US warns Ankara, amid Turkish force build-up and talks on Syria
WASHINGTON DC (Kurdistan 24) - The US has warned Turkey against any cross-border attack into northeastern Syria, as Washington and Ankara hold discussions about the security situation there.
On Friday evening, CNN’s Ryan Browne tweeted, “The US military is closely watching the Syria-Turkish border due to growing concerns US troops in NE Syria will be caught up in a potential cross border Turkish military operation targeting Kurds in the coming days.”
The US military is closely watching the Syria-Turkish border due to growing concerns US troops in NE Syria will be caught up in a potential cross border Turkish military operation targeting Kurds in the coming days, defense officials tell @barbarastarrcnn— Ryan Browne (@rabrowne75) July 12, 2019
Pentagon Spokesperson, Cmdr Sean Robertson, appeared to confirm at least the general gist of Browne’s tweet on Saturday. “Unilateral military action into northeast Syria by any party, particularly as US personnel may be present or in the vicinity, is of grave concern,” Robertson told Kurdistan 24. “We would find any such actions unacceptable.”
Indeed, late on Thursday, Turkey’s Daily Sabah, a pro-government paper, reported that Turkey had concentrated forces near the Syrian border, “including heavy weapons, armored vehicles and tanks.” Over “50 tanks and artillery batteries were deployed over the last two days” across the border from Tal Abyad, in Syria, it said.
But as Robertson explained, the US is also conducting “intensive discussions with Turkey on a security mechanism to address their legitimate security concerns.”
“We believe this dialogue is the only way to secure the border area in a sustainable manner,” he continued, “and believe that uncoordinated military operations will undermine that shared interest.”
Robertson also listed US goals in Syria, which include “addressing Turkey’s legitimate security concerns and protecting our partners in the fight against ISIS.”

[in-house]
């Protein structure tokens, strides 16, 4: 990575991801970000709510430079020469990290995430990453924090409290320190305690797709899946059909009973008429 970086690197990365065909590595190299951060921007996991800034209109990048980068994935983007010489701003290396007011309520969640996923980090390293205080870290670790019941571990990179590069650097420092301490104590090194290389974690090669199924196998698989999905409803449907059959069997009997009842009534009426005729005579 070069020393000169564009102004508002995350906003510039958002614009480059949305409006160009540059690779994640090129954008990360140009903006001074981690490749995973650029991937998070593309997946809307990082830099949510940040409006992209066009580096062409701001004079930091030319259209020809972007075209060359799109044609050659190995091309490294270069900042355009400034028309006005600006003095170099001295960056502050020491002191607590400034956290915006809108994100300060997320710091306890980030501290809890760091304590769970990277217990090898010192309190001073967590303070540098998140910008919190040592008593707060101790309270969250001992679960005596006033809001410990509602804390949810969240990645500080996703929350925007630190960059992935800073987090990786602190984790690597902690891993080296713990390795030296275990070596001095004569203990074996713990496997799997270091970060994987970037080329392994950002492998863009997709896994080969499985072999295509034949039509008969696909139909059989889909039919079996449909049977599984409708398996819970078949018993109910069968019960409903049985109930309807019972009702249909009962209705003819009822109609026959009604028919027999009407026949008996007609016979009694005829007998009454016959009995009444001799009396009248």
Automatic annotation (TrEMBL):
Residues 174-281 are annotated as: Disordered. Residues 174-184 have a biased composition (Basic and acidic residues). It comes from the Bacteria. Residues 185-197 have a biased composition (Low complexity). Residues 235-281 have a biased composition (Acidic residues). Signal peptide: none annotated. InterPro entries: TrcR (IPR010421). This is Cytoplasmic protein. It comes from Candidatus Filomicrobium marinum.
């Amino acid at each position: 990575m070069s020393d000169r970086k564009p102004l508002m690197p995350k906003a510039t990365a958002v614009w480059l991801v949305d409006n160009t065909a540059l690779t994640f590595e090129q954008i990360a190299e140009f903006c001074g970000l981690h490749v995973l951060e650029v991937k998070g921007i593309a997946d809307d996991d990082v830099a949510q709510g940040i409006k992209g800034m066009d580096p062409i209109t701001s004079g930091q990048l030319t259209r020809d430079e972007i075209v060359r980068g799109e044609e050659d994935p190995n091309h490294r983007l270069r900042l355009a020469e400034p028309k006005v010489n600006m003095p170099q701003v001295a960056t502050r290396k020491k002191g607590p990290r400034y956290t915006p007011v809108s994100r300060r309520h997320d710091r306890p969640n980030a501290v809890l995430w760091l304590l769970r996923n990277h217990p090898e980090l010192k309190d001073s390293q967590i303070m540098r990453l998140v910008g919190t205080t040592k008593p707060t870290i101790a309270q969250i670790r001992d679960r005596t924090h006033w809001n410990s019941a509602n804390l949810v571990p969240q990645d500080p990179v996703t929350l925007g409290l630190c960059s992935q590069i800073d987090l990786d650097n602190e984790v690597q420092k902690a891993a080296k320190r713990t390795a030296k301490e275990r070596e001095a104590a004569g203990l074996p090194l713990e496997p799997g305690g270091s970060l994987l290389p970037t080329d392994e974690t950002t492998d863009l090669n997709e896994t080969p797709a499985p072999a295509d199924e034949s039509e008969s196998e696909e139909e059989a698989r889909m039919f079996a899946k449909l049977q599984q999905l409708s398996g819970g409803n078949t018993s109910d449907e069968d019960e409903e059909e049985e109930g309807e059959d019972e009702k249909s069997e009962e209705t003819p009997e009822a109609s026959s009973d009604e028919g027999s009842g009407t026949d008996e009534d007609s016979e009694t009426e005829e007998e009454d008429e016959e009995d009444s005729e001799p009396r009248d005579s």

The Turkish build-up, as well as the US warning, coincide roughly with Ankara’s announcement on Friday that it had begun to take delivery of the S-400, Russia’s most advanced air defense system.
US officials have been adamant that Turkey’s acquisition of the S-400 would have negative consequences, including termination of its involvement with the F-35, America’s newest fighter jet, as well as punitive economic measures under Combatting America’s Adversaries Through Sanctions Act (CAATSA.)
On Friday, following the Turkish announcement, the Pentagon twice said it would hold a press briefing on the issue, while Acting Secretary of Defense, Dr. Mark Esper, told journalists that more information would be forthcoming, after he spoke with his Turkish counterpart, Hulusi Akar. Yet the press briefing was cancelled and no further information was provided, creating the impression that Washington had been unprepared for the Turkish announcement.
However, the US warning to Turkey, along with the Turkish build-up of forces, raise another possibility: Turkey has essentially threatened that if measures are taken against it for the S-400, it will launch a cross-border attack into eastern Syria, where the Kurdish-led People’s Protection Units (YPG), supported by US Special Forces, fought and defeated the Islamic State.
On Saturday, the Turkish press provided more details of the 30 minute phone conversation that Esper and Akar held on Friday. Akar emphasized that the Turkish army is “the only military force that is ready, competent and appropriate for the establishment of a safe zone in northern Syria,” it said, citing Turkey’s Defense Ministry.
To protect its territory and people “in the face of intensive attacks from the Syrian border, Turkey would have to take necessary measures,” Akar reportedly told Esper.
A former US intelligence official suggested to Kurdistan 24 that Russia was likely behind Ankara’s tough stance. Selling the S-400 to Turkey is extremely important to Russian President Vladimir Putin, he said.
“It is part of a much broader strategy against the US and NATO,” he added. “Russian advisers will accompany the missiles,” he continued, and they will seek access to the F-35. If they succeed, “our technological advantage in stealth technology, air-to-air combat, and air-to-ground combat will evaporate quickly.”
The Senate Armed Services Committee will hold a hearing on Tuesday to confirm Esper as Defense Secretary. Both the Republican Chairman of the committee, Sen. Jim Inhofe (Idaho), and the ranking Democrat, Sen. Jack Reed (Rhode Island), issued a statement on Friday, in which they affirmed, “There must be consequences for President Erdogan’s misguided S-400 acquisition, a troubling signal of strategic alignment with Putin’s Russia and a threat to the F-35 program.”
Almost certainly, the issue of Turkey’s acquisition of the S-400 and the US response will arise in Esper’s confirmation hearing.